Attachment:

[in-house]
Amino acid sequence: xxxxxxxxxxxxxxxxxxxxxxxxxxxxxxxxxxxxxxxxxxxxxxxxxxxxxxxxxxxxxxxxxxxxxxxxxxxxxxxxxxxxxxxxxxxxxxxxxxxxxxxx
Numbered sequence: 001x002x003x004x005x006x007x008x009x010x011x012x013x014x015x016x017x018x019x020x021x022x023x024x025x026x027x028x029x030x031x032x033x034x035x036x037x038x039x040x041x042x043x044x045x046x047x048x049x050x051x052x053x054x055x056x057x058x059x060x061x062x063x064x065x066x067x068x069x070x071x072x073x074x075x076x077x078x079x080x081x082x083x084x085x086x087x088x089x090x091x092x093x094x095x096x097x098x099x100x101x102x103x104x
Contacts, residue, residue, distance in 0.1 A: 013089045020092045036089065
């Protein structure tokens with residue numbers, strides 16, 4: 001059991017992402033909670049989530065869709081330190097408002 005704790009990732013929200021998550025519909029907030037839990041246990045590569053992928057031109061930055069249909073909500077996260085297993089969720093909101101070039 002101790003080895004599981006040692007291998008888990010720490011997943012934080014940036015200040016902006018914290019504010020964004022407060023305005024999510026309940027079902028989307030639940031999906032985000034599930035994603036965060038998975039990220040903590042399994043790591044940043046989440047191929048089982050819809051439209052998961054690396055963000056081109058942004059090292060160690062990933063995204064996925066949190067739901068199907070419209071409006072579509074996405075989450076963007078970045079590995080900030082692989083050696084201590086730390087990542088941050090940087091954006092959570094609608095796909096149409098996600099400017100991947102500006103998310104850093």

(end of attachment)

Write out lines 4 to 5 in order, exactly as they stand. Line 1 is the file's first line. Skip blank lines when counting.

Contacts, residue, residue, distance in 0.1 A: 013089045020092045036089065
């Protein structure tokens with residue numbers, strides 16, 4: 001059991017992402033909670049989530065869709081330190097408002 005704790009990732013929200021998550025519909029907030037839990041246990045590569053992928057031109061930055069249909073909500077996260085297993089969720093909101101070039 002101790003080895004599981006040692007291998008888990010720490011997943012934080014940036015200040016902006018914290019504010020964004022407060023305005024999510026309940027079902028989307030639940031999906032985000034599930035994603036965060038998975039990220040903590042399994043790591044940043046989440047191929048089982050819809051439209052998961054690396055963000056081109058942004059090292060160690062990933063995204064996925066949190067739901068199907070419209071409006072579509074996405075989450076963007078970045079590995080900030082692989083050696084201590086730390087990542088941050090940087091954006092959570094609608095796909096149409098996600099400017100991947102500006103998310104850093």